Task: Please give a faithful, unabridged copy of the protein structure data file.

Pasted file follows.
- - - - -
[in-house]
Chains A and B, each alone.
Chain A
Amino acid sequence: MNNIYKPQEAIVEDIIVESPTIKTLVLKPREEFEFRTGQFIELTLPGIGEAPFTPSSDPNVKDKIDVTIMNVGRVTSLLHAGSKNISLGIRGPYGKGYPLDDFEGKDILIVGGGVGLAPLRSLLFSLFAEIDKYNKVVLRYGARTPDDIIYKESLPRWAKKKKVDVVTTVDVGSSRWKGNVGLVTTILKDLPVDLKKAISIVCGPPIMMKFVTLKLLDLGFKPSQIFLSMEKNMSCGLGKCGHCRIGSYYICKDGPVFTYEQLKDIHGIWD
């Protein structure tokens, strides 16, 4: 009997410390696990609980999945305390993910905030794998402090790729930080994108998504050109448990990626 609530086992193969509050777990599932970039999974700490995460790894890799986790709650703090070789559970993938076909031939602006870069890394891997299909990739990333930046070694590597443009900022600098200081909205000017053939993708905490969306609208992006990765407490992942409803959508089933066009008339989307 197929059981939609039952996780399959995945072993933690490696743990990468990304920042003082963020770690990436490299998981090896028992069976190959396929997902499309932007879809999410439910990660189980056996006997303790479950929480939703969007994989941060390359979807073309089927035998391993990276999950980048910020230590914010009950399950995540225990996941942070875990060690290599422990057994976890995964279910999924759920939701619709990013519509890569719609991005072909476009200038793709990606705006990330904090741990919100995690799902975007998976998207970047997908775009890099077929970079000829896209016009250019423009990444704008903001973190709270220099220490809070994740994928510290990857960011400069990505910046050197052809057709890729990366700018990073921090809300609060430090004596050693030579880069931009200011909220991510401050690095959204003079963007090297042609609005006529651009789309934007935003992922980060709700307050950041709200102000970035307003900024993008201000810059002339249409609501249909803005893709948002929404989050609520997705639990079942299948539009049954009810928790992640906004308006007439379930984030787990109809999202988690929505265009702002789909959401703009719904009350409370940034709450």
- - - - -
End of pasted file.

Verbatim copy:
[in-house]
Chains A and B, each alone.
Chain A
Amino acid sequence: MNNIYKPQEAIVEDIIVESPTIKTLVLKPREEFEFRTGQFIELTLPGIGEAPFTPSSDPNVKDKIDVTIMNVGRVTSLLHAGSKNISLGIRGPYGKGYPLDDFEGKDILIVGGGVGLAPLRSLLFSLFAEIDKYNKVVLRYGARTPDDIIYKESLPRWAKKKKVDVVTTVDVGSSRWKGNVGLVTTILKDLPVDLKKAISIVCGPPIMMKFVTLKLLDLGFKPSQIFLSMEKNMSCGLGKCGHCRIGSYYICKDGPVFTYEQLKDIHGIWD
């Protein structure tokens, strides 16, 4: 009997410390696990609980999945305390993910905030794998402090790729930080994108998504050109448990990626 609530086992193969509050777990599932970039999974700490995460790894890799986790709650703090070789559970993938076909031939602006870069890394891997299909990739990333930046070694590597443009900022600098200081909205000017053939993708905490969306609208992006990765407490992942409803959508089933066009008339989307 197929059981939609039952996780399959995945072993933690490696743990990468990304920042003082963020770690990436490299998981090896028992069976190959396929997902499309932007879809999410439910990660189980056996006997303790479950929480939703969007994989941060390359979807073309089927035998391993990276999950980048910020230590914010009950399950995540225990996941942070875990060690290599422990057994976890995964279910999924759920939701619709990013519509890569719609991005072909476009200038793709990606705006990330904090741990919100995690799902975007998976998207970047997908775009890099077929970079000829896209016009250019423009990444704008903001973190709270220099220490809070994740994928510290990857960011400069990505910046050197052809057709890729990366700018990073921090809300609060430090004596050693030579880069931009200011909220991510401050690095959204003079963007090297042609609005006529651009789309934007935003992922980060709700307050950041709200102000970035307003900024993008201000810059002339249409609501249909803005893709948002929404989050609520997705639990079942299948539009049954009810928790992640906004308006007439379930984030787990109809999202988690929505265009702002789909959401703009719904009350409370940034709450």